Weekend visitors looking for suggestions
Greetings, Chicago Chowhounders. Two New Yorkers and one San Franciscan visiting Chicago Sept. 7-9 are hoping to get suggestions for a weekend of interesting and preferably inexpensive eating. (We already are blowing the budget on Charlie Trotter's because ... well, just because.) We're staying on E. Grand Ave. & won't have a car, so places kinda nearby or accessible by public transportation would be best.
If you are free on Sunday morning, think about going to the Maxwell Street market. You will find amazing Mexican food amongst the vendors of socks, dental instruments (who buys those anyway?) and (very) old tools. It is impossible to point you to one food stand, just use your instincts and senses. Do look for any place that makes their own tortillas/other things from masa like empenadas, sopes, etc. The Oaxacan tamales should also be tracked down as should some birria. Finally, do leave room for the freshly made and freshly stuffed churros, a fried dough revelation.
Maxwell street is fairly accessable via public transportation. take the state street subway (el). the state street subway is also known as the red line. there is a stop at grand and state. go south, towards downtown from grand. get off at roosevelt. the maxwell street market will be about a mile west. you will find it from the crowd.
You folks MUST BE real chowhounds...willing to pop for Trotters, but not a rental car. My advice is to venture around the City away from tourist town where you will be staying. Contrary to most vistor's experience, Chicago is wider than 10 blocks from Michigan Avenue. This is good natured chiding to get you to explore...please take it as such.
If you must stay in and around your hotel, visit Heaven on Seven (4 Resturant, Chicago only chain, started by a local boy) for fun Cajun-esq. food and Mardi Gras party atmosphere. A couple of the famous Pizza joints are nearby, see also threads below for Pizzaria Ono. Lawery's does a good job with steak. These are all safe bets you can read about in the tourist mags in your hotel room.
However, I think you will have missed a great opportunity if you fail to visit at least one of our ethnic neighborhoods to do some of your dining. Many are hit or miss, but as the cabbies will tell you there is too much competition in the City for a bad resturant stay around.
As a general note, how about a little more information on the request. So far all I know about you is that you are a New Yorker with a computer and enough money to travel to Chicago and go to Trotters. What else do you like/not like? I think you'll be happier with the responses if you ask more specific questions.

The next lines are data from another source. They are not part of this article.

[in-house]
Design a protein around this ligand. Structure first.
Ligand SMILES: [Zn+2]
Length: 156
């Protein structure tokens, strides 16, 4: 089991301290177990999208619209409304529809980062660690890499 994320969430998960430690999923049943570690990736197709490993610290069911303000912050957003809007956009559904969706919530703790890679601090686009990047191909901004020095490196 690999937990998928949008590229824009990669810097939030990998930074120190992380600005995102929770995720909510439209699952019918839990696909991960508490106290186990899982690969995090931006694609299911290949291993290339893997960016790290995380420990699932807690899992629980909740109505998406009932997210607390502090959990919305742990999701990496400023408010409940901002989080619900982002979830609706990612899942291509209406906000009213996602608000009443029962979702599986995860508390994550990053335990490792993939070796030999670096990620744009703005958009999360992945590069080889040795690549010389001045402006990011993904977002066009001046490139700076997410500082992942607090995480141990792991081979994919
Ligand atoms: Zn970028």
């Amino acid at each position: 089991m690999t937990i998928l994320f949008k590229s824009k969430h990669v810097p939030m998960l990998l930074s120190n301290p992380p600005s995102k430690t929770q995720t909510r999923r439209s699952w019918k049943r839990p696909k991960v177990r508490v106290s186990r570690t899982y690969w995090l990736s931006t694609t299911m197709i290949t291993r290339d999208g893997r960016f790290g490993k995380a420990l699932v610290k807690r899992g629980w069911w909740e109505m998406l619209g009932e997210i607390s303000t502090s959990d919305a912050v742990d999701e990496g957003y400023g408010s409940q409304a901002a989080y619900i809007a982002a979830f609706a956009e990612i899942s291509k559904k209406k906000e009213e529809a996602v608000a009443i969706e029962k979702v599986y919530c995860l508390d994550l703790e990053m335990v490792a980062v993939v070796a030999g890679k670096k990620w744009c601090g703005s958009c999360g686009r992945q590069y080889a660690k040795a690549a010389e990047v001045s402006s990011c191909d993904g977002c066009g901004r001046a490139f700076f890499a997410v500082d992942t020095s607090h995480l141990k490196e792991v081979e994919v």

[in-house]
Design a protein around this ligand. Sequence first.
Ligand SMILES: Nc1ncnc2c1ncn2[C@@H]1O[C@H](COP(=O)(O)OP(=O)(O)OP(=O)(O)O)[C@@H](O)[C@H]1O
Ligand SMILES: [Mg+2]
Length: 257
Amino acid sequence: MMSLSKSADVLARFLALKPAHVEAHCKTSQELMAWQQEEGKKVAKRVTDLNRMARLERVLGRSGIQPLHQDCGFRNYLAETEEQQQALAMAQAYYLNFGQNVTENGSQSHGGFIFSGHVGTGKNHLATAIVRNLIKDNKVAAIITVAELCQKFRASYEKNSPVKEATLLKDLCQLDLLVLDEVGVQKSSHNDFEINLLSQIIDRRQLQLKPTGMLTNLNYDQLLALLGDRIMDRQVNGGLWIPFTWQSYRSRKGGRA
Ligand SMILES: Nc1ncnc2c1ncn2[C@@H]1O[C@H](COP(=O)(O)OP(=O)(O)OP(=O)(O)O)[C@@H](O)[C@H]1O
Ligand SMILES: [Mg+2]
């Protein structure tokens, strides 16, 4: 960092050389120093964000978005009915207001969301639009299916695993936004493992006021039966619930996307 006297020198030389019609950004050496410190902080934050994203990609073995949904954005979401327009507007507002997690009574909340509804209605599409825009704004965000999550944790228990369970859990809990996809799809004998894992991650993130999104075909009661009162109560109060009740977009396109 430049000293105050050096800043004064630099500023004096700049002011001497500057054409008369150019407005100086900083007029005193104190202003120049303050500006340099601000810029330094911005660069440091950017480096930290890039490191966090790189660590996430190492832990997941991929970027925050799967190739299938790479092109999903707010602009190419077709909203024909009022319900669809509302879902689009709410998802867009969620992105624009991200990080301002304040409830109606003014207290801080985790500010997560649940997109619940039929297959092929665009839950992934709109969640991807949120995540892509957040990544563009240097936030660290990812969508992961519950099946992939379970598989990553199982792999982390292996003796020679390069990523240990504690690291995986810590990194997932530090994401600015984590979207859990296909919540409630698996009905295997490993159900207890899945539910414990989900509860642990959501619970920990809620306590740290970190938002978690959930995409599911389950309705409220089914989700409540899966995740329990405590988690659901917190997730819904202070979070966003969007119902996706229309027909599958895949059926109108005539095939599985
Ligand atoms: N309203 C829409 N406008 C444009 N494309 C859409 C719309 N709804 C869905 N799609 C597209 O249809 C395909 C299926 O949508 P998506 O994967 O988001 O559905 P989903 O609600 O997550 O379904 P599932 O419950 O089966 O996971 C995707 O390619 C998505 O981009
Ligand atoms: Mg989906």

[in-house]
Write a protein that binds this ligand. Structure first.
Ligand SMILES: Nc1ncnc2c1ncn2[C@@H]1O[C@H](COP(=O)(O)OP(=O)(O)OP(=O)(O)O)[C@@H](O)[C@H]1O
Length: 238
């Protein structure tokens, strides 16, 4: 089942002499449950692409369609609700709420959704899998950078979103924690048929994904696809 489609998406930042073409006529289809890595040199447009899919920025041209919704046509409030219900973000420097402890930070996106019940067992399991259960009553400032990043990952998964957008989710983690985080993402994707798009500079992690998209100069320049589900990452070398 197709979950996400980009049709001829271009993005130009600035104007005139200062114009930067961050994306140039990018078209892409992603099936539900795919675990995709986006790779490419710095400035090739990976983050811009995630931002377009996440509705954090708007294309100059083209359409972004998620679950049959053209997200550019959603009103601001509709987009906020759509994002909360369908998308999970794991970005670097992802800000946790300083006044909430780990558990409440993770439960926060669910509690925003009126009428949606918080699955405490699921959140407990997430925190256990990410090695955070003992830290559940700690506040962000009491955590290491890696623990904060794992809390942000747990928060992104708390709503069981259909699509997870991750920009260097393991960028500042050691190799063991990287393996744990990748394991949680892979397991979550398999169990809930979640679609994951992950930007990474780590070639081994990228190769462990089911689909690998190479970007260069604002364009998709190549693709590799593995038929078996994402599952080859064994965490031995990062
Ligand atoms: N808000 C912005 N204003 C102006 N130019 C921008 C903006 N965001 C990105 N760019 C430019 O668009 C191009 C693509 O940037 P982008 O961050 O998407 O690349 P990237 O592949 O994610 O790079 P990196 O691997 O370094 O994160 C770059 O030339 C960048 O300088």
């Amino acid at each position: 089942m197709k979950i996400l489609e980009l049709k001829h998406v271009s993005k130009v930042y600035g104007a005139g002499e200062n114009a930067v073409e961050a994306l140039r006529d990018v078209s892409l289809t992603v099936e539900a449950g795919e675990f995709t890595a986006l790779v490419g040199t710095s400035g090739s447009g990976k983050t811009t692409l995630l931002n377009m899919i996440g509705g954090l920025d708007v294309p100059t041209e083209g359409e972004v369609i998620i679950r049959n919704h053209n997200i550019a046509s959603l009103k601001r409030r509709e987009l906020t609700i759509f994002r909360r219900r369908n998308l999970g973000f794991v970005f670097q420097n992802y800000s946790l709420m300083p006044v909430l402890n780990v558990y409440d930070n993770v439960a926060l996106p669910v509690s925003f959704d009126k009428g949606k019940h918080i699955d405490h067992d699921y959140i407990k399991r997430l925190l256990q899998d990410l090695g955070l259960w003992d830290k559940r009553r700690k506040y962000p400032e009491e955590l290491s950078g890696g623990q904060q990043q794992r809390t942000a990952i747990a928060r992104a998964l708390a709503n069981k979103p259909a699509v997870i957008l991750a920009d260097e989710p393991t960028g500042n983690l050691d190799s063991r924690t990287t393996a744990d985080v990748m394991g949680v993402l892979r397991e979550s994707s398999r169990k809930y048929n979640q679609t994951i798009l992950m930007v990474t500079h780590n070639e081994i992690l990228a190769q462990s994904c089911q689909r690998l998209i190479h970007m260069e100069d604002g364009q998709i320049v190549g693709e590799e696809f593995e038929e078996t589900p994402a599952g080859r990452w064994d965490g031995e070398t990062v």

Stay only near Michigan Ave?!? What's the point in that? Yes, we definitely want to go to neighborhoods where we've never been.
We'll be spending some time around the art galleries/studios somewhat to the west (Wicker Park if I remember correctly). Besides VitalInfo's Maxwell St. market recommendation (which we have every intention of taking), we've also gotten suggestions to go to 26th St between Kedzie & Pulaski; Argyle St; and perhaps Division near Western.
For types of food, almost anything interesting & "authentic" (hate that word) is appealing. If it helps as any guide, in the past couple of weeks we've been out for Turkish, Senegalese, Mexican, Italian and Peruvian food.
Friends who visited Chicago recommended Tecalitan, Soul Food (Soul Kitchen?) and Le Bouchon. Additional opinions would be most welcome.
Sounds like you've done all the research you need. I look forward to reading your review of the weekend. I concur with Maxwell (I'm one of the earlier posts to the thread). I also highly reccomend Le Bouchon. I hear Sardine (Sister resturant is also great).
Chicago also has some great Greek resturants in Greektown. I took my cousin last week to sit out on the rooftop of Pegasus...appetizers, skyline viewing and live Greek music softly playing in the background....ummmm (I brought the wrong date). I almost always go to Santorini otherwise.
Have a great weekend.
I would recommend taking a close look at the threads from the last month or so: many of the cuisine types you mention have been discussed at length:
Specific highlights and recommendations:
Instead of Tecalitlan I would encourage you to vist Dona Lolis (see the extensive thread below)if you're up for a long trek. Or, a little closer to downtown, to La Pasadita in Wicker Park (three blocks from Tecalitlan).
Though I haven't been recently Le Bouchon has a very good reputation indeed.
Depending on what you're looking for I would give soul kitchen a mixed review: the creative soul food from this place doesn't taste very soulful: greens were overly sweet, etc. But the fish dishes I had as a main course were very good. But for soul food I would direct you south. See threads on Lem's or Lou and Army's or GLadys' Soul Food.
I would like to reinforce the Argyle St suggestion: I've been enjoying exploring that area since it came up here about a month ago--places like Pho Hua, Pho 777, The duck place and others have been very very good, and extremely interesting.